Think of one special person in your life that you admire.
This person is strong, kind, giving, always helping and thinking of others first. You know who this is – the person that keeps quiet about what they need, and puts their wishes aside because they’re busy with everyone else’s.
They seem to have lots of energy, always working, doing things for others, making little gifts for birthdays and usually finishing Christmas shopping two months prior to the event. This person may be in good health, with no real complaints – at least none that you hear about, because they wouldn’t want to worry you with their own problems.
Have you thought about who this special person is to you? Does someone come to mind?
My special person had a brain aneurysm on Christmas Eve. The doctors said there was a 50-50 chance she wouldn’t survive this, as the aneurysm had burst. I didn’t even know about brain aneurysms then, never mind about the prognosis or possible outcomes. All I knew is that my special person was in hospital, hooked up to tubes, in a coma, while we waited…
At this point, it was too late for us to do anything about it. Our very busy lives distracted us from what we “could’ve” or “should’ve” done for her. Did she know we admired her so? Did we tell her enough times? My goodness, did we even have enough photographs of her, to remember her as she was?
As she lay on a bed, in the Critical Care ward, one specialized nurse watching over her every breath, pulse and heartbeat, we realized how little we should’ve known about her. Sure, we knew she adored her family above anything else, liked gardening, took the most amazing photographs…
We knew which her favourite foods were, that she hoped to one day have the money to travel to Egypt, we knew she often felt lonely living four hours away from her kids and grandkids.
The question then became – did we know enough to help the nurses and doctors make decisions which could possibly affect her care, or her future?
While in the medicated state, she seemed uncomfortable. Did something else hurt? Maybe they were giving her something that she was allergic to? In reality, the doctors will deal with the aneurysm first, so she would be plugged in and since she didn’t wear a medical bracelet, she “should” be okay until they’d find her family doctors’ contact info and have the files transferred over. Who was her doctor? When was the last physical performed? And did it show any concerns? We didn’t know, and the OHIP medical records were basic. Was that enough to trust?
The nurses tried to monitor the response. Every hour, they had to ask her questions, “Do you know what happened to you?” they’d ask her. “Do you know where you are? Can you tell us your name?”, looking for some sign of neurological response. Of course, they didn’t know she was deaf from one ear, so she wouldn’t have heard them anyway.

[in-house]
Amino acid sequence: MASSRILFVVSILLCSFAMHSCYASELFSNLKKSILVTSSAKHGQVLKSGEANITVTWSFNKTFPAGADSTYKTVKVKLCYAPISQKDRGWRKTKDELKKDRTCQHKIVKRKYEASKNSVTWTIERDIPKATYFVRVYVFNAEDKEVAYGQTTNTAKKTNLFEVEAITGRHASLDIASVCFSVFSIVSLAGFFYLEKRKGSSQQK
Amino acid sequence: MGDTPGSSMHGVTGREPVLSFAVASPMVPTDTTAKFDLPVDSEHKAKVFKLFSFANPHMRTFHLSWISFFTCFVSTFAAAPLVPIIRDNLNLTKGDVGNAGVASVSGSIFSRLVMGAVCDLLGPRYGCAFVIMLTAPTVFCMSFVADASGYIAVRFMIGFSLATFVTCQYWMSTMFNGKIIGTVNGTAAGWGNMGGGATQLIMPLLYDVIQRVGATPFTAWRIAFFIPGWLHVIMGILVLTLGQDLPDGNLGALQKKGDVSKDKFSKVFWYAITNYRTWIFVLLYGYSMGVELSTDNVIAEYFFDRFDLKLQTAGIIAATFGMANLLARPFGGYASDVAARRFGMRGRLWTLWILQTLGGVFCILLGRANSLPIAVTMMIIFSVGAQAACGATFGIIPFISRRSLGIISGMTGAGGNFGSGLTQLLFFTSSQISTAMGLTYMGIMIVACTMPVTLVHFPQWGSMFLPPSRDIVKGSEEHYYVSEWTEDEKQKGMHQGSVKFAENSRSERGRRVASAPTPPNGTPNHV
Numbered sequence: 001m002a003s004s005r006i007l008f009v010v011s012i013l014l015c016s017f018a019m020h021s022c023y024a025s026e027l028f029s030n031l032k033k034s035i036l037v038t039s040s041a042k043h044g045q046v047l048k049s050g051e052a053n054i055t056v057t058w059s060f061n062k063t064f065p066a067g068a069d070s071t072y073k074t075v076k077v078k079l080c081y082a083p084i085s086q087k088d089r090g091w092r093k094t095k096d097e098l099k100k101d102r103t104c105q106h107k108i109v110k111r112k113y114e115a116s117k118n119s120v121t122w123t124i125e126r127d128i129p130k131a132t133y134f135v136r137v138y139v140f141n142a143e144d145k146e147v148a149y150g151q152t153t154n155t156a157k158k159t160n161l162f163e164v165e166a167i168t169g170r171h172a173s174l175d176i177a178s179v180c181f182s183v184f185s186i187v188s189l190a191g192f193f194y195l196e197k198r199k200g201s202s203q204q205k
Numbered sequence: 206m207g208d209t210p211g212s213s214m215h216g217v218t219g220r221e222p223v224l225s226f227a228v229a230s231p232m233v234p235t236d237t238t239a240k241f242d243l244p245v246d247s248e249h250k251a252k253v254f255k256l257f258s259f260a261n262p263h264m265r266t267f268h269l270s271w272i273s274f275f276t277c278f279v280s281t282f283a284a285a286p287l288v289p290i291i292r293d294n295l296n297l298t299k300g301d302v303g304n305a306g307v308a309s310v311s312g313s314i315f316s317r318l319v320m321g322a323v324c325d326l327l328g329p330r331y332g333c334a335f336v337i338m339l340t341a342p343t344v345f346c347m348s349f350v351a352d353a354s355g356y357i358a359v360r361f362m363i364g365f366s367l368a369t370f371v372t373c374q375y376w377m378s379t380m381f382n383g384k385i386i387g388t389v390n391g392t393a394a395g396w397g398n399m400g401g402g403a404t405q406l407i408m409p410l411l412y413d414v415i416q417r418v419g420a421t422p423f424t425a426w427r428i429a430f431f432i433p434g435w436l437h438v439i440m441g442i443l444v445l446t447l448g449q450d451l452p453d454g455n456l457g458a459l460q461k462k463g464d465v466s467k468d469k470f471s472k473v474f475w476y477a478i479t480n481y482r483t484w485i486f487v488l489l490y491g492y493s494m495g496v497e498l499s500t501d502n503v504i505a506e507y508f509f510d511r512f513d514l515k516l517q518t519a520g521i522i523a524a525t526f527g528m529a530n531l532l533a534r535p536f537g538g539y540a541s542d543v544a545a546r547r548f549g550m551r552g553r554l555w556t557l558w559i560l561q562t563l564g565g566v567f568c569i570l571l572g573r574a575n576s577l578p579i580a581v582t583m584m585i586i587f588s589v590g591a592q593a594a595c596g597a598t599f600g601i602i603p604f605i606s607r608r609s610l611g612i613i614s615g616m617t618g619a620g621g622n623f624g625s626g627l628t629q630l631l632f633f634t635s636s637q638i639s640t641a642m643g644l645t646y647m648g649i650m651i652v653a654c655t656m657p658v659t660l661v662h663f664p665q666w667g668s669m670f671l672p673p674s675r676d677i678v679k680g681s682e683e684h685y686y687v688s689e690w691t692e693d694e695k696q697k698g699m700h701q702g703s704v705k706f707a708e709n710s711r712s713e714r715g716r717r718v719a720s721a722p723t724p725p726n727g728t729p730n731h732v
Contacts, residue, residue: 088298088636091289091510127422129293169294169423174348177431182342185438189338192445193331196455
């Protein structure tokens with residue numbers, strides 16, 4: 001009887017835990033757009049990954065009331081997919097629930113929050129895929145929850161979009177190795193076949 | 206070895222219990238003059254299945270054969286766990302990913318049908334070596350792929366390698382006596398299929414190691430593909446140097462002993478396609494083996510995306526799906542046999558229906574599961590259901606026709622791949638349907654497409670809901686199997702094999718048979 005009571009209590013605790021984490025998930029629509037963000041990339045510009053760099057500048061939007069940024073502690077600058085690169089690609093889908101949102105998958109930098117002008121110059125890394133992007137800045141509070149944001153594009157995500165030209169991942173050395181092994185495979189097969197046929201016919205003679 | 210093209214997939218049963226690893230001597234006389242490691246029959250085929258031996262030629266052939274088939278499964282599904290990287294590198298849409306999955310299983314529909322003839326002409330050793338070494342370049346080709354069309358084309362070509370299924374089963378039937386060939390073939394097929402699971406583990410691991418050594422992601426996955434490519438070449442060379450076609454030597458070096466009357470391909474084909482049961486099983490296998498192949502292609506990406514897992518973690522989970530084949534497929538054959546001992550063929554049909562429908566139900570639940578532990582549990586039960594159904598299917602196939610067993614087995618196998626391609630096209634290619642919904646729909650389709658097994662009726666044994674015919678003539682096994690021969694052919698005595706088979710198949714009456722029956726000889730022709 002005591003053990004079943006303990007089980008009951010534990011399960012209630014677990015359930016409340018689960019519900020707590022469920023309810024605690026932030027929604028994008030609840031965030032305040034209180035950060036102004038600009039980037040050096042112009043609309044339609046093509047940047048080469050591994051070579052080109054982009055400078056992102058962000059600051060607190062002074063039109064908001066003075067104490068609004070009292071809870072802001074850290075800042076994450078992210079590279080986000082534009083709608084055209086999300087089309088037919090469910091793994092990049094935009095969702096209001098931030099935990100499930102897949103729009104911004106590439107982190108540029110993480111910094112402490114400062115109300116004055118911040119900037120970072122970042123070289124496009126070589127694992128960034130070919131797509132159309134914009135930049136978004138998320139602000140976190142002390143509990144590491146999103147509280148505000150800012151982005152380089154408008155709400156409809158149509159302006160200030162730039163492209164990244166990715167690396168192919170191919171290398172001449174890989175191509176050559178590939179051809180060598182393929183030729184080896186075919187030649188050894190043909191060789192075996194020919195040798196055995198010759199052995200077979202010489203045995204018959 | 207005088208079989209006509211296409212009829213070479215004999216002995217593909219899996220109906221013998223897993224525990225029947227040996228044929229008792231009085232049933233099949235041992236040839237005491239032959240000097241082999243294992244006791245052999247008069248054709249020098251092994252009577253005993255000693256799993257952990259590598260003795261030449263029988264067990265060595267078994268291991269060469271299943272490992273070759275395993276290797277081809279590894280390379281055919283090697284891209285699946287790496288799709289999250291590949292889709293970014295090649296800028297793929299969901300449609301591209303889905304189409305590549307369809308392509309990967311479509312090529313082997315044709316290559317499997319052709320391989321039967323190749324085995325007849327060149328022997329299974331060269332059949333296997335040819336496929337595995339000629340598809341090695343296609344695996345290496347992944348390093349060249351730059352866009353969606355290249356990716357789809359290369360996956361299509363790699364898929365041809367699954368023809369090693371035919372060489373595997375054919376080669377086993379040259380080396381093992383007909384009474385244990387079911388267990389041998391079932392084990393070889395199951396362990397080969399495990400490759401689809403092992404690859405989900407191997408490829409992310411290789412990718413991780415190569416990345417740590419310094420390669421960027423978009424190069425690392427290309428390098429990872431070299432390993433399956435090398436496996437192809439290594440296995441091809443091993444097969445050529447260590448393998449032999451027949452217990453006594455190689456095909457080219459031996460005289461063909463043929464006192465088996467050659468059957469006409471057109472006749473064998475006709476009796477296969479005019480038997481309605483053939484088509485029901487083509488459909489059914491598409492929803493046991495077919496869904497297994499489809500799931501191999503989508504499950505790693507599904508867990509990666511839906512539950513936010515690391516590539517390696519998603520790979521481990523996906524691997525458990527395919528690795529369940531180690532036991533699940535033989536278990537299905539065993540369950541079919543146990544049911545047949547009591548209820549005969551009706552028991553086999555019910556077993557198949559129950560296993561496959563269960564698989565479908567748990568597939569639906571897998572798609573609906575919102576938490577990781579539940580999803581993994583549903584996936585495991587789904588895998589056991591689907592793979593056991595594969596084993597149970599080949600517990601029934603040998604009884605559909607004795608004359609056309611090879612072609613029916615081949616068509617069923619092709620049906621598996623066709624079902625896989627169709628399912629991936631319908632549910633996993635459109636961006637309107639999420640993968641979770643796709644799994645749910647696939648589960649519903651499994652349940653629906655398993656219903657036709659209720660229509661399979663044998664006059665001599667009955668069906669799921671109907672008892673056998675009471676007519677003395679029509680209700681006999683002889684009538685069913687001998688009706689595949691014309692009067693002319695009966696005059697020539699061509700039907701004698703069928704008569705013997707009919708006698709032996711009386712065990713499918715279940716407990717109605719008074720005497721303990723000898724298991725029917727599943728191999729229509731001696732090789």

They administered Tylenol, because it’s a fairly safe drug to bring down the fevers she was having. But the Tylenol was causing a big drop in heart-rate. Did she suffer from high blood pressure? Wait a minute – was she on some sort of medication that they didn’t know about, that could be counter-reacting the Tylenol? Aneurysms can cause huge headaches, sometimes for months before the “burst” happens. Did she take anything prior to the aneurysm? Was she awake after, and took something that could’ve made things worse?
She was married for over 45 years. Her husband, was now legally blind and very hard of hearing. She had been his caregiver – which intensified after his stroke ten years ago, his encounters with cancer, high blood pressure and a slew of medications which needed refilling and supervising. She also looked after his brother, who had a stroke of his own and left him with Aphasia – a neurological disorder caused by damage to portions of the brain. Since this had happened to her now, were her two gents going to be okay? What are their medical situations? Who would look after them now?
Yes, this write-up is supposed to scare you. It should shake you up, and make you realize how little you know about each other (or how little people know about you). It should show you that it’s not always just about “writing your Will”, but about what could happen if, for a moment, you just can’t talk and share your important information. Will others be able to continue things for you, for when you return? And what happens if you do not return? I’m sharing this very personal story with you because of what happened to my mother this past Christmas Eve.
This has been a scary journey, and although I’m happy to say that my mother survived (even though she had a 2% chance!), I hope you will take the time to “look within” and share your important information with those that could help you, should you not be able to do so.
I don’t wish this journey on anyone. My wish is just to educate you on the choices you have while you’re still able to do so, and remind you that if you don’t trust sharing things – like current medical information, banking passwords, and comfort wishes, you can still reach out to your lawyer and ensure “someone” has the appropriate information at hand, just in case something happens.
Please at least consider looking at the WISH Booklet I've lovingly prepared. It makes sense, and it will be a reponsible way for you to have all your matters in place, at a very inexpensive price. It will not replace a Will or Powers of Attorney, it will complement them.
I wish you health and happiness, and many years of love and laughter!
Founder & Publisher, Silver & Gold Magazine
suzanne (at) silvergoldmagazine.ca